Yet “Queen Charlotte” and the entire “Bridgerton” The universe offers viewers a racially integrated world that perpetuates Eurocentric paradigms. The diversity promoted in these shows is one in which Black and Asian characters are welcome as long as they conform to the values and norms of Western societies. This imaginary world consequently begins and ends with Europe.
Such a reinterpretation of history ignores the painful truths of the time. Imperial rule and dispossession, as well as slavery, enriched the coffers of British and other European nations and monarchies.
These realities find no place in “Queen Charlotte”. Consequently, it confines the world outside of Europe to the fringes of the plot. The African continent, for example, deserves only a passing mention. A more meaningful inclusion of Africa and its diaspora would require “Queen Charlotte” to have reckoned with the history of oppression in some way.
Such creative deviations that detach “Bridgerton” from the past are alarming in my opinion. We are being served a sanitized version of history just as more accurate narratives of the past are being attacked.
Since the anti-racist protests of 2020, the classroom has become the battlefield for the suppression of this knowledge. Politicians and activists on the right oppose students learning stories that center on the American nation’s legacy of settler colonialism, slavery and Jim Crow. As a result, leaders across the country have enacted legislation to monitor and limit what educators at all levels can teach. The most notable example of this trend was Florida Governor and presidential candidate Ron DeSantis.”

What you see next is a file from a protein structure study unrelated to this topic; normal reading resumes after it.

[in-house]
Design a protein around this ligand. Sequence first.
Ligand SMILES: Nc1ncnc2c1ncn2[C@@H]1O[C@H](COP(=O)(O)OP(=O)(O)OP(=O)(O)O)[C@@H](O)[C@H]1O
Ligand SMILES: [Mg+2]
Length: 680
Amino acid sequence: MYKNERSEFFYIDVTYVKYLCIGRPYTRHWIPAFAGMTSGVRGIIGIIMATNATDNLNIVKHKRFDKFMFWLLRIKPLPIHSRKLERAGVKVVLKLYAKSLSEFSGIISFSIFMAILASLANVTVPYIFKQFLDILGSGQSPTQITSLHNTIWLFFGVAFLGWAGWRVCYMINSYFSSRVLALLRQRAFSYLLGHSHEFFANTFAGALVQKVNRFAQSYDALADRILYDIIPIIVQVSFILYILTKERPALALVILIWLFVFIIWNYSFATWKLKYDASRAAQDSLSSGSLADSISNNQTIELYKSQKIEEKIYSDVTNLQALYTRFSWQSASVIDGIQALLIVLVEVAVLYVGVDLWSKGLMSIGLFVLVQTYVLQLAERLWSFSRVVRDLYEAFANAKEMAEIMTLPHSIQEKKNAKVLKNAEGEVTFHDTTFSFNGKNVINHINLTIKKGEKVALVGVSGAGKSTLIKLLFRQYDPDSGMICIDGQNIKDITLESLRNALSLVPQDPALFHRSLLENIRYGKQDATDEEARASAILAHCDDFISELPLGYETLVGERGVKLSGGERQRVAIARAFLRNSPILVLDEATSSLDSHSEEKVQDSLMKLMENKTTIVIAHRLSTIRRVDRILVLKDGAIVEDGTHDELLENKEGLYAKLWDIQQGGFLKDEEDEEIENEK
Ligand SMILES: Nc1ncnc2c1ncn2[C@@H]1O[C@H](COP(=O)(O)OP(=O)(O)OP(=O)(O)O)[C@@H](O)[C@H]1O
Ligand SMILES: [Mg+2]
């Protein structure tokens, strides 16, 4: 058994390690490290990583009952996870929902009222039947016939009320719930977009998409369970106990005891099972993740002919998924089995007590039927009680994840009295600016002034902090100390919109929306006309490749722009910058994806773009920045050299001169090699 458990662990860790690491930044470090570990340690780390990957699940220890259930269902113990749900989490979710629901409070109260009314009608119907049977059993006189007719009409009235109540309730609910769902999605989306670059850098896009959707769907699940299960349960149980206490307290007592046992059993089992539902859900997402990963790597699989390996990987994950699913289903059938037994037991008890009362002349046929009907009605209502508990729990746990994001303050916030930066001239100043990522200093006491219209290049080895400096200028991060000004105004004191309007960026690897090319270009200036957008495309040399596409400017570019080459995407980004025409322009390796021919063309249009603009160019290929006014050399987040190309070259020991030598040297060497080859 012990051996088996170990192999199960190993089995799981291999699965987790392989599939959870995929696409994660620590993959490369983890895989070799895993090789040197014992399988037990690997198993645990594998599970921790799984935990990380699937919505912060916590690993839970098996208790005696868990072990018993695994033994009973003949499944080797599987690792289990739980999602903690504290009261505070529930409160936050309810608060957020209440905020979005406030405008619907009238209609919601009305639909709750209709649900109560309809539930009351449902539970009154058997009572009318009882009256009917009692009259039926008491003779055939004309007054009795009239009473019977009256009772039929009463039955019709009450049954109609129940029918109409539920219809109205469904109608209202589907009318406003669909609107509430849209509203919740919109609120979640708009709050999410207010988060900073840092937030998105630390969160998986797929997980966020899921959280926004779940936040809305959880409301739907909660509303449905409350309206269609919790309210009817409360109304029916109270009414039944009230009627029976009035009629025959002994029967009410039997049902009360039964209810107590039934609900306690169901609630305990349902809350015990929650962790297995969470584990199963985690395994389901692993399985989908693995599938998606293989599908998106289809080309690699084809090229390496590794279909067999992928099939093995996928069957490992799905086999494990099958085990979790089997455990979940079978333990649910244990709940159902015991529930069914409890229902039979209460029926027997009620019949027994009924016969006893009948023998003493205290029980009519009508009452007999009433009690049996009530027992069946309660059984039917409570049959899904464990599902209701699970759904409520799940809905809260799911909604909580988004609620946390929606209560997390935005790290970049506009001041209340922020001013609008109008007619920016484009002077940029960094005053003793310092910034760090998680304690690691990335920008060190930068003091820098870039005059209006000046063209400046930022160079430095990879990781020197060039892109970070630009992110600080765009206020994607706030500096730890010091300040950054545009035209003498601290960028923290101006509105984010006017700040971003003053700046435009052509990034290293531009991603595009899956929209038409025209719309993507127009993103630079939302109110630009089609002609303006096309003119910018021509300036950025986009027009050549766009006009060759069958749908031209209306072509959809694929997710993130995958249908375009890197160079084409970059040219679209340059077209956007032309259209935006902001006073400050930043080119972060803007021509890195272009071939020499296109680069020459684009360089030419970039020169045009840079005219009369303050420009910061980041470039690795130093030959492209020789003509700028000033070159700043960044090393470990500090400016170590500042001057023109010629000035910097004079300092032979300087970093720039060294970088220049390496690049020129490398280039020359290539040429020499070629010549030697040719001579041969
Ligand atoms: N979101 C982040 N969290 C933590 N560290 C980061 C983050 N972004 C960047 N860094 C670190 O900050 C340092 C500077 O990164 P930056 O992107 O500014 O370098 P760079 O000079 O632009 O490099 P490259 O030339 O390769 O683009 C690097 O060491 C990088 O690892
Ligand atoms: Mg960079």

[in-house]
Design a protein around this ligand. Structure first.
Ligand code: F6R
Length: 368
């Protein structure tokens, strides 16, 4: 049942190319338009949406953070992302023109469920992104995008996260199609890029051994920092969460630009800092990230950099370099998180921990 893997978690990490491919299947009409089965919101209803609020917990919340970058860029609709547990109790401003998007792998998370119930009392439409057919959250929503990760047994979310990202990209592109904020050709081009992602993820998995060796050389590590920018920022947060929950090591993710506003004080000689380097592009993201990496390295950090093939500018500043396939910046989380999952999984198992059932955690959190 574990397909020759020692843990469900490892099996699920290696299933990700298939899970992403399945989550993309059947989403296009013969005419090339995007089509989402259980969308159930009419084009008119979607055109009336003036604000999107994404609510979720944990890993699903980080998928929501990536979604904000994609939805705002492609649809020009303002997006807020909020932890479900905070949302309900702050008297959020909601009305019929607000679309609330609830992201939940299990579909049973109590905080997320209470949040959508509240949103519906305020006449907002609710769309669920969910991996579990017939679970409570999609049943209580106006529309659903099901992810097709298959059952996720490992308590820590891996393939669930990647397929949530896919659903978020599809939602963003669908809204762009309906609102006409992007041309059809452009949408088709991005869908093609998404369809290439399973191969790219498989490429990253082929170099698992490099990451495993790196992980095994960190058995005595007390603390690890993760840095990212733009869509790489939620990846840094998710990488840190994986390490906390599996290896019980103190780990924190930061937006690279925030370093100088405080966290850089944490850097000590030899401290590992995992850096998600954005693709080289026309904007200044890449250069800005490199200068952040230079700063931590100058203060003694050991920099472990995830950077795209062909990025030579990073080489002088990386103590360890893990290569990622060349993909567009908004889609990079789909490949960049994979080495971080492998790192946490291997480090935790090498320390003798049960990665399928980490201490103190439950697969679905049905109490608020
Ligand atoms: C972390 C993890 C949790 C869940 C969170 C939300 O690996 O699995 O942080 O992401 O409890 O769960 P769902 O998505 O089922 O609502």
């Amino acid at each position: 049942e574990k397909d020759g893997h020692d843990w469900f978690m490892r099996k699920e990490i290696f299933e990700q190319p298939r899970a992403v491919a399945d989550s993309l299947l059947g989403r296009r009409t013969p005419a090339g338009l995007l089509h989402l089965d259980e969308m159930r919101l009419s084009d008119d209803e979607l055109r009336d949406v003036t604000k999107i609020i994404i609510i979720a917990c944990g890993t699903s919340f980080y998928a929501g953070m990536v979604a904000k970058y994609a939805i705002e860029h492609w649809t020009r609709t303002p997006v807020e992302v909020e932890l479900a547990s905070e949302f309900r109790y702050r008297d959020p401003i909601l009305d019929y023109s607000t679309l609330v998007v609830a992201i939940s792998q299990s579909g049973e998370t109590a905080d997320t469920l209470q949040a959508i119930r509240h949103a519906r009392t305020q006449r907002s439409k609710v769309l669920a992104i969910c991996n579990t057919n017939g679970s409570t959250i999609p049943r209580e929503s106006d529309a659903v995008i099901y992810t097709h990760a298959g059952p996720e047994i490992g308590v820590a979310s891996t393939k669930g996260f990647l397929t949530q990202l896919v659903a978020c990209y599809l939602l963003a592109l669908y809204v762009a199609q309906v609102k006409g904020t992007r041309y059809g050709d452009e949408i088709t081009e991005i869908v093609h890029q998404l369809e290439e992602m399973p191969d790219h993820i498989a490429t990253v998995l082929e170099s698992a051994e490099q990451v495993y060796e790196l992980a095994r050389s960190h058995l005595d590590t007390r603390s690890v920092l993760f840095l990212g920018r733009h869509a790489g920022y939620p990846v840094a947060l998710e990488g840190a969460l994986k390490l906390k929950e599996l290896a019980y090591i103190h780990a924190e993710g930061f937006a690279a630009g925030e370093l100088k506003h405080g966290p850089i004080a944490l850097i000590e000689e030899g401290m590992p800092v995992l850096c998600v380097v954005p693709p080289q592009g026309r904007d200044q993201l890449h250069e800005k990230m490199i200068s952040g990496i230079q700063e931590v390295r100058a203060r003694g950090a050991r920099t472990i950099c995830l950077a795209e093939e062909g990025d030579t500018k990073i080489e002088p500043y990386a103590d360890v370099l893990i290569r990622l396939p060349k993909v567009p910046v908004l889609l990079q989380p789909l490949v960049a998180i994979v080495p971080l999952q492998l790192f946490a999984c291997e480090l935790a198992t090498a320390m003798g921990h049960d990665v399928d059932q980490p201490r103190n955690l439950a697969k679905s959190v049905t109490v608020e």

These reactionary efforts promise to exacerbate a decade-long trend of decline in historical knowledge. It has never been more important that we accurately reflect the past. The least we could ask for is entertainment that is a more realistic approximation of the oppressions created in the past that continue to this day.
I welcome more on-screen diversity and light-hearted entertainment. The world is too diverse for art to draw on dominant perspectives, as it almost always does. And after three years of living in a pandemic, pervasive gun violence, environmental crisis and economic fears, those who want stories of happily ever after should have this one. Yet portraying the past as racially progressive jeopardizes efforts to create more just societies faced with the lingering legacies of racism.
“Some shows offer role models to follow. Take, for example, the character of Peggy Scott in the HBO drama series The Gilded Age, set in 1880’s New York City. Although Scott is an educated, respectable member of the black elite, her whiteness means she has less social capital than Marian Brook, a poorer, less educated woman. The authors incorporate this uncomfortable but historically accurate reality while still providing entertainment.
Races can be handled skilfully even when the subject is more fantastic. We see that in the AMC adaptation of Anne Rice’s Interview with the Vampire. The main character, Louis de Pointe du Lac, is a fair-skinned black man in early 20th-century New Orleans who finds that Jim Crow racism continues to affect him, even as a vampire in the afterlife.
In contrast to “Queen Charlotte”, such productions take into account the hierarchies of the epochs represented. In doing so, they offer audiences a dramatized portrayal of how being white affects and limits non-white characters.
Using art as a vehicle to foster greater social inclusion is a necessary goal. Creating a better world for all of us takes a creative vision. But these efforts require reparations that explain the long road to marginalization and oppression. “Queen Charlotte” shows that we cannot fantasize away or ignore the injustices of the past – they still haunt us.